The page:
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Cablegate: The Independent Democrats: Instructing and Courting Anc

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DE RUEHTN #0210 2910934
ZNR UUUUU ZZH
R 170934Z OCT 08 ZDS
FM AMCONSUL CAPE TOWN
TO RUEHC/SECSTATE WASHDC 2850
INFO RUEHSA/AMEMBASSY PRETORIA 6209
RUEHDU/AMCONSUL DURBAN 3172
RUEHJO/AMCONSUL JOHANNESBURG 2035

UNCLAS CAPE TOWN 000210

SIPDIS
SENSITIVE

C O R R E C T E D C O P Y (Corrected paras marking)

E.O. 12958: N/A
TAGS: PREL PGOV SF

SUBJECT: THE INDEPENDENT DEMOCRATS: INSTRUCTING AND COURTING ANC
BREAK AWAY MEMBERS

1. (SBU) Patricia DeLille, out-spoken leader of the Independent
Democrats (ID) -- the third largest party in the Western Cape and
the fourth in South Africa -- is doing double duty as some
ruling African National Congress (ANC) member's contemplate
leaving their party. In a recent article published in the Mail and
Guardian, Ms. DeLille offered guidance on formulating a new
political party. Less publicly, she is courting ANC dissenters who
are choosing to migrate to the ID.

2. (SBU) At a representational event hosted by the CG on October 13,
Ms. DeLille spoke with the CG and with Dr. Laurine Platzky, an ANC
Western province official about the fore mentioned article. Dr.
Platzky said, the article was a "common sense guideline" to
developing a new party, but also noted that she was not planning to
develop a new party any time soon. DeLille said the guidance she
provided in the article was exactly what she followed when she split
from the Pan African Congress in 2004. She also noted that although
the ID has 200,000 registered voters, the party received 500,000
votes in the last election.

3. (SBU) A devoted student of the National Democratic Institute,
DeLille stressed the need to have a commitment to patience and
persistence. In both her article and in her conversation with
the CG, DeLille stated that the efforts of a new political party
should be non-stop and never ending. She also noted the need to
push the agenda of a new party at every possible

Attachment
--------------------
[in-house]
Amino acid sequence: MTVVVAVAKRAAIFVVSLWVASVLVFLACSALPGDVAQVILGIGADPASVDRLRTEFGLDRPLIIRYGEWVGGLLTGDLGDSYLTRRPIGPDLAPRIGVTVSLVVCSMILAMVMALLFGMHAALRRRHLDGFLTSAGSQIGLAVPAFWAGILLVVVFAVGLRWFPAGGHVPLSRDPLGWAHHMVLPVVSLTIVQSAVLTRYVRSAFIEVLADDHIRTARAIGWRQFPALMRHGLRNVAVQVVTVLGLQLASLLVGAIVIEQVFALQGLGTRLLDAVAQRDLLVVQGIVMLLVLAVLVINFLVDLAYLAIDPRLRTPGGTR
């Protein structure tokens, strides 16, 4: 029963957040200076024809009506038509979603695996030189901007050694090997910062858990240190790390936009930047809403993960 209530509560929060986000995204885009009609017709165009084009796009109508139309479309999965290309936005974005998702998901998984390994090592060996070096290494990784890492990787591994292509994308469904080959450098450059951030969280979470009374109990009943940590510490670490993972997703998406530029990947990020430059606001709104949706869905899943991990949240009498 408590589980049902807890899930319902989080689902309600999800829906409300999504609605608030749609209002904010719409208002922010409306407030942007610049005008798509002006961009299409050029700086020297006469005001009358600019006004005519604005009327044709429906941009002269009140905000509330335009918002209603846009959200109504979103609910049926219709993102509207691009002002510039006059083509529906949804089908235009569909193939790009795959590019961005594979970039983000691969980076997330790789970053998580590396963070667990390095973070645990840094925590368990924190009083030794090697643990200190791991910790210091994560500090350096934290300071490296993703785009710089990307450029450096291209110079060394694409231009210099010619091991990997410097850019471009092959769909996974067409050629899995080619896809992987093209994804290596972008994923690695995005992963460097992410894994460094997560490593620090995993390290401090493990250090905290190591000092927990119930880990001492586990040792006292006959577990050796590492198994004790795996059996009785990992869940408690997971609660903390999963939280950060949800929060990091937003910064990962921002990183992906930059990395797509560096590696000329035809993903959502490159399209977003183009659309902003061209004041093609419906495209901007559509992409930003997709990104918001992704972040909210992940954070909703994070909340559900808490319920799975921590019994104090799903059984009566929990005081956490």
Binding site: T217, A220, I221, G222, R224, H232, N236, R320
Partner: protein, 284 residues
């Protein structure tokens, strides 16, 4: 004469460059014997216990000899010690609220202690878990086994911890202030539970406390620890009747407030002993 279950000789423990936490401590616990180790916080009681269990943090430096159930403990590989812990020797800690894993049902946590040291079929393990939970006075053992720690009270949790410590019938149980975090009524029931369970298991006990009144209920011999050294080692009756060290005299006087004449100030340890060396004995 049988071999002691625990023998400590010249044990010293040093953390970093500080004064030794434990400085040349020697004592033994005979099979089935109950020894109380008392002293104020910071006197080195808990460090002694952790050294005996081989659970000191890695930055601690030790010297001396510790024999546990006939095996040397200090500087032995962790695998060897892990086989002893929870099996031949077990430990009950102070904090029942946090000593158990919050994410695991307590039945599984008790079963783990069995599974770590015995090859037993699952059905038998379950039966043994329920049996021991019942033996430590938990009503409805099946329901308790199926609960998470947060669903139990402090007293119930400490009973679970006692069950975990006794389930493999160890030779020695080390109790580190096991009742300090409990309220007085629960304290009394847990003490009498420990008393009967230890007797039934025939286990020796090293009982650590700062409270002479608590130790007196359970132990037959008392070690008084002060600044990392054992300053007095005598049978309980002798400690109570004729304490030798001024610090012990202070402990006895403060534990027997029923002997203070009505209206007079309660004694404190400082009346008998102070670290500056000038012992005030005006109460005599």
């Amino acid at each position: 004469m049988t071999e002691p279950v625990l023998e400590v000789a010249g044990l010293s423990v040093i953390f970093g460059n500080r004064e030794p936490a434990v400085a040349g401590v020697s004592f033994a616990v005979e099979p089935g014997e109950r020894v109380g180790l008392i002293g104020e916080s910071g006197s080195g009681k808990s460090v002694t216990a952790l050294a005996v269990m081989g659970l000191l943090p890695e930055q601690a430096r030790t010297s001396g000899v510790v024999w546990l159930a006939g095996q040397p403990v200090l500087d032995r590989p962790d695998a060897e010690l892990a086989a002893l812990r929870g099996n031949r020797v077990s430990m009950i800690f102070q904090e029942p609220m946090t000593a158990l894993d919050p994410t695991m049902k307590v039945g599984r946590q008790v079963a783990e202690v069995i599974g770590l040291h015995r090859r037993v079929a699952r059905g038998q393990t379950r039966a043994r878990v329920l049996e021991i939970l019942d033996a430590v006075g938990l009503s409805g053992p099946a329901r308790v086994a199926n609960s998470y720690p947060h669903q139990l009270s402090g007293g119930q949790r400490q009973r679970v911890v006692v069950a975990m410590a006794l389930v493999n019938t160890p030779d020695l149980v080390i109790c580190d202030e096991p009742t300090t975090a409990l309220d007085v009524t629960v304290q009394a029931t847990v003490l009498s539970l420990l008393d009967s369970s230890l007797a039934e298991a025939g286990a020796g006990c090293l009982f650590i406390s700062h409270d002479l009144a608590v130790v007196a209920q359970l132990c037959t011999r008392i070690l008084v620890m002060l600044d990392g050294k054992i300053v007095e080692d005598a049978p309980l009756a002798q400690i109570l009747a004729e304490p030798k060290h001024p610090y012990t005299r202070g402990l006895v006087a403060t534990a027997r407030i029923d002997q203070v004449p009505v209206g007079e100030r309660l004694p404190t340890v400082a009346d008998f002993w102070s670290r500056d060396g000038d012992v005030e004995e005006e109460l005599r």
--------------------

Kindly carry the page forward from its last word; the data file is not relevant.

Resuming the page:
opportunity, from "funerals and weddings" to what DeLille
referred to as "rent-a-crowds." When asked about financing for
newly formed parties, she indicated that funding would always
be a problem, but that it is not the main concern; relaying the
party's ideological beliefs to the public is much harder than
raising money, she said. In her article DeLille also
addressed the issue of financing and stated that a new political
party would need between 1-2 million rand to get started. She
stressed that it is important to have about 20 people to set up
a new party branch. DeLille added that six months is very little
time to get a party ready for the next election, but if "Lekota's
rebels" take over complete branches of the ANC, they have a chance.

4. (SBU) When asked by the CG why the disaffected ANC rebels might
start a new party when there are dozens of other parties with which the
could unite, DeLille indicated that in fact there are ANC members
already defecting to the ID and that this shift had been reported in
the press. (Note: South Africa's Independent Electoral Commission
reported that 138 political parties are formally registered.
Ninety-nine of them are registered to compete at the national level
and the remainder for municipal elections. To register a party,
applicants must par Rand 500 (U.S. $ 1 - 10.2 Rand), and submit
signatures of 500 registered voters. End Note.) DeLille said that
the ID could not allow these potential new members from the ANC to
merely "drift" into her party. Rather, she and other ID members are
actively courting disenfranchised members of the ANC, providing
rationale for them to link their resources and membership with the
ID.

5. (SBU) Note. Ms. DeLille has recently returned from the USA as a
guest of the National Democratic Institute and an attendee at the
Democratic Party National Convention. She told the CG that her
"take- aways" from that experience were the increased and very
effective use of technology in courting new members as well as the
Qeffective use of technology in courting new members as well as the
need to increase diversity, including young people, as a means of
increasing the party base. End note.

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